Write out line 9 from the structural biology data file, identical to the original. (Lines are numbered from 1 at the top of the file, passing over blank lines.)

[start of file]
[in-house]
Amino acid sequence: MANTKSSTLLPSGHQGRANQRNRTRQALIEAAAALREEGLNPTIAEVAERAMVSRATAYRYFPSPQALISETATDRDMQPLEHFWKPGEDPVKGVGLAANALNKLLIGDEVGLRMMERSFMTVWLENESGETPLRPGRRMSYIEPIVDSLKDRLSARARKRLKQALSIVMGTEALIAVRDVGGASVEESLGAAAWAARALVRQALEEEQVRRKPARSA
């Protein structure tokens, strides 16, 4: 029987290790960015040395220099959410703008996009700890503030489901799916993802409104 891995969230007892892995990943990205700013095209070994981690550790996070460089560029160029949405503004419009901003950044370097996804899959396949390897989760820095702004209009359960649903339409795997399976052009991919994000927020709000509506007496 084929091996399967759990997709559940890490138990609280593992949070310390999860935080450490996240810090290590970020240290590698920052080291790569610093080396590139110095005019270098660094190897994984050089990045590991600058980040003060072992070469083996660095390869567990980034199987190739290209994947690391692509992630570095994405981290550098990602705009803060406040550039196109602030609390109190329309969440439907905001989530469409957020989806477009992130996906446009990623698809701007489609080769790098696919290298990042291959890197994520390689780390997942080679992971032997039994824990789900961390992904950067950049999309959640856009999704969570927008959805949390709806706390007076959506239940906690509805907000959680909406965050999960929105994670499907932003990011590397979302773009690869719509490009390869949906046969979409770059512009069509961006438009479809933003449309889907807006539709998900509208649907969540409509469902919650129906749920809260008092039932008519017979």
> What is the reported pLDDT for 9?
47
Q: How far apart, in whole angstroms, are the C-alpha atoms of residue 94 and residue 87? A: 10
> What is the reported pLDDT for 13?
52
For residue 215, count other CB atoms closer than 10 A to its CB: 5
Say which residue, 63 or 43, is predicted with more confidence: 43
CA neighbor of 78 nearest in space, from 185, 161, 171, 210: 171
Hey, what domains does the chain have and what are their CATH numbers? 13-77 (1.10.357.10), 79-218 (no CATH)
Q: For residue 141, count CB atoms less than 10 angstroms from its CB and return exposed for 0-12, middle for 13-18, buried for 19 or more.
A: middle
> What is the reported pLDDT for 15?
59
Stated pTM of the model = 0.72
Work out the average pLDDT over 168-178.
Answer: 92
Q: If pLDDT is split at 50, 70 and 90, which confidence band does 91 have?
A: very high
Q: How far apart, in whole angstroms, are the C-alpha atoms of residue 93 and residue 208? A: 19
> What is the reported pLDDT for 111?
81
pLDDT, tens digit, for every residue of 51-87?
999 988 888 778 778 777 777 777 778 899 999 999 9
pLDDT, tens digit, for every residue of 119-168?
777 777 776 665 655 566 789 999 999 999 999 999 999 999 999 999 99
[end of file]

For residue 215, count other CB atoms closer than 10 A to its CB: 5